3. There can be no doubt but that what was attached in the suit against Krishnaswami Goundan and what was afterwards brought to sale was the entire joint family property. Mr. Krishnaswamier for the appellant has argued that as far as the sons' shares were concerned it was only the father's rights of sale over them that were attached and sold but such is certainly not the case. The petition for attachment before judgment, the execution petition and the verified statement which was filed with the execution petition make it clear that it was the property itself in its entirety that was attached and afterwards brought to sale. It is true that the property is described as being the property of the insolvent (judgment-debtor) and that no reference is made to the insolvent's sons but that will not make it any the less the property of the insolvent and his three sons or alter the fact that it was the entire property as such. It may be that under Section 60 of the Civil Procedure Code, property which can be attached includes saleable property over which the judgment-debtor has a disposing power which he may exercise for his benefit, but if property of such a nature is to be attached it should be specifically stated that such is the case. Here what was attached was clearly the whole of the immoveable property and not any mere right of sale over it or any part of it. Mr. Krishnaswamier, however, further argues that even so the attachment will not be binding upon the shares of the sons in that they were not parties to the suit against the insolvent and that there was no order prohibiting the sons from alienating their shares. With reference to the latter of these two points he cites Subraya v. Nagappa I.L.R. (1908) Bom. 264 in which it was held that when the right, title and interest of a Hindu son in joint ancestral property has been attached in execution of a decree against him and its private alienation by him has been prohibited by an order of the Court under Section 276 of the Code of Civil Procedure (to which the present Section 64 corresponds in a modified form his father is deprived of the power of alienation of that interest in satisfaction of his own debts. But that was a case in which the share of a son had been separately attached in execution of a decree in a suit in which he was the sole defendant in respect of a debt due from him personally. The present case in which the entire property was attached before judgment in a suit brought against the father is very different. Such a suit can be brought against the father alone, as in the present instance, or the sons may be joined as parties in it, but the fact of the sons not being joined in it will not affect the matter as it has been argued for the appellant that it will do. In Gopalakrishnayya v. Gopalan I.L.R. (1928) Mad. 342 : : AIR1928Mad479(1) , which has been relied upon by Madhavan Nair, J., the sons had been made parties to the suit and their shares had been attached so as, as it was held, to prevent the Official Receiver from exercising powers of sale over them. But it was held by a Bench of this Court in Doraiswami v. Nagaswami : AIR1929Mad898 that a decree passed against the father personally after the exoneration of his sons can be executed against such family property, that such property is liable for the father's debt and that the sons could claim exoneration from the liability only on the ground that the debt is immoral or illegal. Even in this case, the sons, though exonerated, had been parties, but there is the further case also decided by a Bench, of Subramania Pillai v. Venkatarama Reddi : AIR1930Mad257 in which a decree had been obtained against a father only. It was there held that where a money decree had been obtained against a father and properties had been attached, even when there was ambiguity in the description of the properties such as by the use of the words 'right, title and interest of the judgment-debtor,' still it must be taken prima facie that the intention in the execution proceedings is to proceed against the whole of the interest that may be proceeded against on account of the Hindu Law that a father's debts may be executed against the son, and that execution against the father is effective enough to bind the son also. In the case now under notice there is no ambiguity either in the application for attachment or in the execution petition. This last decision is based upon a number of decisions of the Privy Council, none, however, of which is specified. But one of them appears to be that of Sripat Singh Dugar v. Prodyat Kumar Tagore . In that case a mortgage decree had been granted against the father of a joint Mitakshara family who alone was party to the mortgage, and in execution of it the entire family property was brought to sale. The sons and other members of the family contended that all that had passed under the sale was the father's one-third share. In a suit for a declaration that only one-third share had passed it was found that the debt was for a legal and necessary purpose and that when the contention that such was not its nature had failed, the whole of the property must be deemed to have passed by the sale. In the course of his judgment Buckmaster, L.C. remarked:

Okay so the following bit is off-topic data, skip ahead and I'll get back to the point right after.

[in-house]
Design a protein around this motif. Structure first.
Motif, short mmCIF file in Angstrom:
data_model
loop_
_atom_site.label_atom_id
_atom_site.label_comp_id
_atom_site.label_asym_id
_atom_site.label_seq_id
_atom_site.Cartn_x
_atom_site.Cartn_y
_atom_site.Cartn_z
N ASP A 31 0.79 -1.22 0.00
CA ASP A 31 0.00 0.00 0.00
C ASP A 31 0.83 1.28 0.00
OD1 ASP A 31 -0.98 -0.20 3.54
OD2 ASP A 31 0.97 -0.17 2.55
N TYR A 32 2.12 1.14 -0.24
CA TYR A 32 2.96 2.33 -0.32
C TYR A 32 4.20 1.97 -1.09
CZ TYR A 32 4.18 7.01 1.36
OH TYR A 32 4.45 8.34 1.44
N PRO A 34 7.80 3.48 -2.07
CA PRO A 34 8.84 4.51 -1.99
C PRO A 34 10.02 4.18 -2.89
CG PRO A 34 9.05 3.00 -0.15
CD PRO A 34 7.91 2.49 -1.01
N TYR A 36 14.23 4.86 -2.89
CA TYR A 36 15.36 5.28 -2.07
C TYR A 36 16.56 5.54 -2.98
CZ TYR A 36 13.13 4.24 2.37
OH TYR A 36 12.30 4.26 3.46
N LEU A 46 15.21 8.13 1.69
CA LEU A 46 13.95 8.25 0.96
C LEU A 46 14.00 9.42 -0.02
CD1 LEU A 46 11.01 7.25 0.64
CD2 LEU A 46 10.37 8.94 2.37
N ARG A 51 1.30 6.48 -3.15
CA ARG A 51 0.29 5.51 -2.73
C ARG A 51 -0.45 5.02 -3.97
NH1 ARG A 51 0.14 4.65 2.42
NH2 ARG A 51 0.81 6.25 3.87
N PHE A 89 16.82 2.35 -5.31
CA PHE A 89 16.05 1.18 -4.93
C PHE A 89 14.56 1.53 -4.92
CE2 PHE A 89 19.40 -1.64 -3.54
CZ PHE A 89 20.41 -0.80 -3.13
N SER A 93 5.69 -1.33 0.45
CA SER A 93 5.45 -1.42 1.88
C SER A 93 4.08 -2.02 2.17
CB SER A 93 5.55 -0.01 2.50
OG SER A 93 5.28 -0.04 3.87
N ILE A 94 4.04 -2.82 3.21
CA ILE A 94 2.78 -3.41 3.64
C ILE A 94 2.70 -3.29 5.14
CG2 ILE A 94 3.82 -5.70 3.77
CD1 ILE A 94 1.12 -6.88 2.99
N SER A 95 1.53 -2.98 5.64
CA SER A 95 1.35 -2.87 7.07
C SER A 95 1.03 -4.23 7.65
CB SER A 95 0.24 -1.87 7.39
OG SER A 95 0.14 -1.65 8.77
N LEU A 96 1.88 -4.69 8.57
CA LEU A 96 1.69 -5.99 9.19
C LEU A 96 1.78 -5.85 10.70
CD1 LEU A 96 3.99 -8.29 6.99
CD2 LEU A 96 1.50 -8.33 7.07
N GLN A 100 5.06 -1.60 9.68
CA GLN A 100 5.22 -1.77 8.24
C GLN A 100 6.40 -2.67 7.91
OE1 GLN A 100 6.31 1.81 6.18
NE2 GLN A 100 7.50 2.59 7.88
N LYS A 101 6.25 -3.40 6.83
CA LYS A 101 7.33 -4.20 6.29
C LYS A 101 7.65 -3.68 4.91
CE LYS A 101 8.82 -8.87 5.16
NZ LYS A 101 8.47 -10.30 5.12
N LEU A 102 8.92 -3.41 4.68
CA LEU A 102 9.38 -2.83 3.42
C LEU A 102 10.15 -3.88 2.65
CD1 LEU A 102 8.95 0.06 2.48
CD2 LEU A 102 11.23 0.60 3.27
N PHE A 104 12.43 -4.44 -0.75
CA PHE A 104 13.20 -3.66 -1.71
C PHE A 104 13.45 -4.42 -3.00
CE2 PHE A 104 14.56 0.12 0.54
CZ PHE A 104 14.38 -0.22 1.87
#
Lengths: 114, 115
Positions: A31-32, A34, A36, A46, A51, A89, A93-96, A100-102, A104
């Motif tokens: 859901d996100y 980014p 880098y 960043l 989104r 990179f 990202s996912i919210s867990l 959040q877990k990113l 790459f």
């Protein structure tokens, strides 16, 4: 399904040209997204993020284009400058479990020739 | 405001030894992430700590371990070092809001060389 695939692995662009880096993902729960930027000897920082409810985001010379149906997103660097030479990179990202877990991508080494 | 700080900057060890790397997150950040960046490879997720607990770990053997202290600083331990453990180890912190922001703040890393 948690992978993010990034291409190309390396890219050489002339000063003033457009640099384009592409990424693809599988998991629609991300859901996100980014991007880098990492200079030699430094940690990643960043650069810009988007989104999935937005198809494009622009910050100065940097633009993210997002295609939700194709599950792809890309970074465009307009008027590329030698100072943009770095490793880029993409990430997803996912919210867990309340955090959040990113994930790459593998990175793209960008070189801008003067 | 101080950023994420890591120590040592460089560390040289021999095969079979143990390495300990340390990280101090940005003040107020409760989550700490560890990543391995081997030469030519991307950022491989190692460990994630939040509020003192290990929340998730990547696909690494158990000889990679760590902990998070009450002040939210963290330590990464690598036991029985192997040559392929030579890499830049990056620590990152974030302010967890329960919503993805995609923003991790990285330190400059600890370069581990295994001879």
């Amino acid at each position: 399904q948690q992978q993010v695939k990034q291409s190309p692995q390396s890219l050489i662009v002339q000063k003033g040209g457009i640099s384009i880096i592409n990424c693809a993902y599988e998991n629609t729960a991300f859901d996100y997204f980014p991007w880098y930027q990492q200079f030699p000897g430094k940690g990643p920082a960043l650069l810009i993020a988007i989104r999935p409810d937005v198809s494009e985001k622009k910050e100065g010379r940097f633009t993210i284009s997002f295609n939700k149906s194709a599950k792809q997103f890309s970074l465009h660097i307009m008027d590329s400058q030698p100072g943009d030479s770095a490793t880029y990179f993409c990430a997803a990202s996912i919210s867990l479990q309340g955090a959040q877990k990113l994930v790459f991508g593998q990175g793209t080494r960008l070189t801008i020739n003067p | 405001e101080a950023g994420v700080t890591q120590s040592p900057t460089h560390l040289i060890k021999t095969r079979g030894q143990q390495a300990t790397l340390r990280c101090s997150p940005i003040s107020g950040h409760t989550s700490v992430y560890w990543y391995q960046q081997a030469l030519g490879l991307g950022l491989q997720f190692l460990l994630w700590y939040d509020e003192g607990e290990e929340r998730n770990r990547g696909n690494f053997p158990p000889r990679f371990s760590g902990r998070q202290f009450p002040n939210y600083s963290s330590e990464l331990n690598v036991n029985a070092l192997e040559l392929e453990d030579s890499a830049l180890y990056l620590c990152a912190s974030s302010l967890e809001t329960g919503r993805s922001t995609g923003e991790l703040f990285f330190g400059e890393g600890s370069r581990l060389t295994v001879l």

The property in question was joint property governed by the Mitak-shara Law. By that law a judgment against the father of the family cannot be executed against the whole of the Mitakshara property if the debt in respect of which the judgment has been obtained was a debt incurred for illegal or immoral purposes. In every other event it is open to the execution creditor to sell the whole of the estate in satisfaction of the judgment obtained against the father alone.
4. In the same judgment it was held that the use of the words ' right, title and interest' (of the judgment-debtor) could only be taken to, mean that if it could be established that the debt had been incurred for immoral purposes, only one-third would be affected by the decree while if that contention was unsuccessful the whole of the estate would remain subject to the order for sale. If the meaning was otherwise the execution creditor would have been deprived of the undoubted right that he possessed, except upon the happening of one event which in the result has never arisen, to sell the entirety of the estate. This case is conclusive. There is no doubt an advantage in joining the undivided sons in a suit against their father for a debt, in that they can then at once set up their case, if they have one, of the debt being one that is illegal or immoral, but it is clear that the whole joint family property can be proceeded against as such even if they are not parties to the suit. Of course it is still open to them, if they are not parties to the suit, to oppose any proceedings against their shares on the ground of the debt being one that does not bind them, and to that extent any such proceedings in a suit to which they are not parties are conditional. But an attachment or sale of their shares in such circumstances will hold good till It has been established that the debt is not binding on their shares. In the present case no attempt has been made to show that it is not so binding.
5. The fact that the sons' shares have now been sold cannot make any difference to the position. The sale proceeds of them represent those shares, though they have taken another form.
6. Nor can Section 51 of the Provincial Insolvency Act have any application. By that section where execution of a decree has issued against the property of a debtor, no person shall be entitled to the benefit of the execution against the Receiver except in respect of assets realised in the course of the execution by sale or otherwise before the date of the admission of the petition. In so far as there has been execution against the shares of the sons it is not an execution against the property of the insolvent. As. to his own quarter share the sale proceeds of it have gone to the Official Receiver for the benefit of the general body of creditors.
7. In my opinion the decision of our learned brother is correct and this appeal must be dismissed with costs.
Horace Owen Compton Beasley, Kt., C.J.
8. I agree.